Privileged? Moi?

Years ago OH and I tried to make a series of these jokes, such as ‘Pretentious – moi? Pedantic – I? Repetitive – me myself personally? and so on. It was necessarily quite a short series but it amused us for about five minutes.

Then this morning I was wondering what it must be like to be privileged; to have doors open for you, taxis waiting, queues jumped, money always available and waiters jumping to attention. I can’t imagine it. And then I thought, what about the kinds of privilege I have – like education, race, class and so on? And I guess the answer is that when you have privilege you don’t notice it. I don’t notice that I’m driving and NOT being stopped by the police, or walking down the street and not being abused, or not being being able to access certain classes or join in certain discussions; not being able to climb steps or negotiate kerbs. When you have privilege it’s like the air you breathe; you don’t notice it till it’s not there.

From time to time there are people – usually journalists, sometimes politicians – who deliberately put themselves in the place of the less privileged; sometimes to make a point, sometimes just to find out what it’s like. George Orwell did this when down and out, doing some of the worst jobs and living in the filthiest holes in London and Paris; Polly Toynbee (in Hard Work in Low-Pay Britain) did some of the worst women’s jobs in the country and from time to time politicians have tried to live on the dole for short periods; the one I remember most is Matthew Parris who thought he was going to save £3 a week and ended up sitting in the dark for three days because the meter had run out. But noble as these efforts are, they are transient; at the end of it you know you’re going back to your old life and even if you don’t, you generally have the safety-net of family, friends, contacts etc who are all likely to be well-off and able to help. You have hope; more than that, you have a time-limit when you know you’re getting out. You may be in purgatory but you’re not in hell.

I don’t really know where I’m going with all this, except that when people like Lawrence Fox say there’s no such thing as male privilege, I think ‘how would you know?’ Because basically unless you’ve had your oxygen taken away, you don’t know what it’s like not to breathe.

One privilege I shall definitely enjoy soon is Wimbledon. It’s late this year, presumably because of Covid, not starting till June 28th but I’m looking forward to it. Andy Murray has a wild card so it’ll be interesting to see what he can do.

Have a good weekend. We’ll be doing the non-Sabbath thing tonight and tomorrow so I’ll be incommunicado for that period.

Kirk out

Jo Cox

I should also add that today is Jo Cox Memorial Day. Downing Street’s recently-quit race advisor Samuel Kasumu has opined in the Guardian, ‘People have already forgotten Jo Cox,’ but I don’t think that’s true. I think her sister standing in Batley and Spen has refreshed memories, if people had forgotten, but I think we are frequently reminded – as we should be – about what happened. Her murder was instrumental in confirming OH’s opinion about Brexit and was a horrible sign of the spirit that would be unleashed if we voted to leave.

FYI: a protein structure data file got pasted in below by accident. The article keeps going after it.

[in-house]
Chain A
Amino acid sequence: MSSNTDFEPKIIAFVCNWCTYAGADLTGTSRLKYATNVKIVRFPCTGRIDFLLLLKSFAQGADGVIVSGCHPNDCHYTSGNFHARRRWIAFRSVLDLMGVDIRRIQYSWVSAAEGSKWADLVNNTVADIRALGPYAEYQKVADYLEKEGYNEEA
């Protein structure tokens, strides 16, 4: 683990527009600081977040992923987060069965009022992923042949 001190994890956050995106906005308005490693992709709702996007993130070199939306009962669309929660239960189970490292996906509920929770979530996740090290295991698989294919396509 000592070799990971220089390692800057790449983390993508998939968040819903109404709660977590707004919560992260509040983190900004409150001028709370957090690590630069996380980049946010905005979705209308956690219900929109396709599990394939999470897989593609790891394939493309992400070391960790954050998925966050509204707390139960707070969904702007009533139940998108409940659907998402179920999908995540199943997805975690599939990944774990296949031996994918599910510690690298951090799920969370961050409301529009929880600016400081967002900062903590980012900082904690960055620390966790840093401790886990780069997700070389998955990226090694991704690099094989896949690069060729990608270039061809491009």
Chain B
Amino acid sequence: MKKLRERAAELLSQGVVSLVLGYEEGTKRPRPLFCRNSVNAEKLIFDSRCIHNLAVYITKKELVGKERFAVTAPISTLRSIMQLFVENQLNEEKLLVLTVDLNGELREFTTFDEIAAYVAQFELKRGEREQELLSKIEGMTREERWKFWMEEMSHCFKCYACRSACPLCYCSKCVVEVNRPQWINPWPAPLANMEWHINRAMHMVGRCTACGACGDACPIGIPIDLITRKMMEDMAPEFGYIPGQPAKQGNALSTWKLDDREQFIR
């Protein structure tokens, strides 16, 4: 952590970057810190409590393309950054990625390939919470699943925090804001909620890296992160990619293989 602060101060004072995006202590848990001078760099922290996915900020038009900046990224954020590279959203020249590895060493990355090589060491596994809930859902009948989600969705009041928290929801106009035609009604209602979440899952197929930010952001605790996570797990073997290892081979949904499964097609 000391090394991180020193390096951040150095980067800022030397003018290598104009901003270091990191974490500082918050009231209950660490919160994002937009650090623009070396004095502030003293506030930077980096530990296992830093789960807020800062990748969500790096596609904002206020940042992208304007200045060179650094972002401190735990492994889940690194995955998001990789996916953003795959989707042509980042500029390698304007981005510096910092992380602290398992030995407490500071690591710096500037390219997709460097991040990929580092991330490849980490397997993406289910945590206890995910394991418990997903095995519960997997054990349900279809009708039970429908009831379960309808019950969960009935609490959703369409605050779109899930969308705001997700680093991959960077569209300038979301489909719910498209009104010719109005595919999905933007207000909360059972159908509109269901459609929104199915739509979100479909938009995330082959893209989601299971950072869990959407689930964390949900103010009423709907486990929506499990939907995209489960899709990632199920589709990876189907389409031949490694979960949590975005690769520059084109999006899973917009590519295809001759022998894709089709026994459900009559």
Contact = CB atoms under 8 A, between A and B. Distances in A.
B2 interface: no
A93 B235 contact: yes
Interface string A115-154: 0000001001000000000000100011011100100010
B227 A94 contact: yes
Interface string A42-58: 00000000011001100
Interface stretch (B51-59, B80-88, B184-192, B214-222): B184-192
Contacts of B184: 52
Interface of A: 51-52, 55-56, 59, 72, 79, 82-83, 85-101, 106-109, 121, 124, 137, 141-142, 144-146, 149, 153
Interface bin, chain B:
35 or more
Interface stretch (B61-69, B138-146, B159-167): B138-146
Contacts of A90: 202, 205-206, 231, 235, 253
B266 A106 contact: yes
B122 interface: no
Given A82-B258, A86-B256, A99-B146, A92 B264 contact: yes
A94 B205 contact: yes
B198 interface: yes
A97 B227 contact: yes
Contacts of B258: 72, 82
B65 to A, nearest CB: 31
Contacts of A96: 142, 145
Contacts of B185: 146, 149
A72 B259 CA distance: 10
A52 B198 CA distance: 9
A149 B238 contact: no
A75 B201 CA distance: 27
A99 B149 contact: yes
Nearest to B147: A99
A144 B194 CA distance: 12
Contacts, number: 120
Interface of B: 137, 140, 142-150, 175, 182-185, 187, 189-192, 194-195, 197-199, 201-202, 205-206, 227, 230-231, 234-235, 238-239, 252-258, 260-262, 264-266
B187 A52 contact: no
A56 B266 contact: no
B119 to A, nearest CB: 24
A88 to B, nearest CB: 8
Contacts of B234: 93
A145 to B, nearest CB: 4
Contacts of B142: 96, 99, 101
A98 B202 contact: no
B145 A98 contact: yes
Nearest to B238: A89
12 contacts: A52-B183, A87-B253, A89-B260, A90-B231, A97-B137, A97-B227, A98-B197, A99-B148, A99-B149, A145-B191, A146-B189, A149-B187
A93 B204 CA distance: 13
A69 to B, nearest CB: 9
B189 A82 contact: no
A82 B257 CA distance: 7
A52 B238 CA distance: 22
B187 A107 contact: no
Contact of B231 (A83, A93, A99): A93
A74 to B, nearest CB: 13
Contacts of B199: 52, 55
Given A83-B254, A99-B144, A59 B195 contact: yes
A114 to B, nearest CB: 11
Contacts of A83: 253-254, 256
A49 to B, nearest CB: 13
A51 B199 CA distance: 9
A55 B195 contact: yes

Many – though not all – of these fears have been realised, though of course Brexit is not ‘done’ but is a grotesque juggernaut that continues to trundle on scattering debris in its wake. I loathe the spirit of flag-waving nationalism that’s been unleashed by this disastrous process; surely it was this kind of patriotism which Dr Johnson was referring to when he said it was ‘the last refuge of a scoundrel.’ Certainly fits another Johnson we know…

Enough ranting. Let’s take a moment to remember a promising young woman murdered just for doing her job.

Kirk out

ReJoyce! It’s Bloomsday!

Today, the day after my birthday, is a special celebration in Ireland; June 16th is Bloomsday, or the day when all the action in Ulysses is set, so-called after the main character Leopold Bloom. I have to fess up: I’ve never been a great fan of Joyce. Undoubted genius though he was (and I say this as one who appreciates that, not as one who’s been told it) I find the longer novels completely unreadable. I struggled through Ulysses, only because I had to, and foundered on the impenetrable rocks of Finnegan’s Wake. It’s a noble experiment to try to write a novel that stands outside time but in the end it’s unreadable. I do like the shorter works though and I especially appreciate his puns, my favourite of which is ‘funferal’, his word for a traditional wake.

But I like the fact that all Ireland celebrates Bloomsday. It’s not just some hook-up for the chattering classes but something which engages the whole community because Joyce was himself working class. More than that; there’s something in Celtic cultures which means that the arts run across classes and engage everyone, rather than being a mainly middle-class thing; I guess it’s a bit like the Rebus events in Edinburgh.

Here’s what’s on offer this year in Dublin.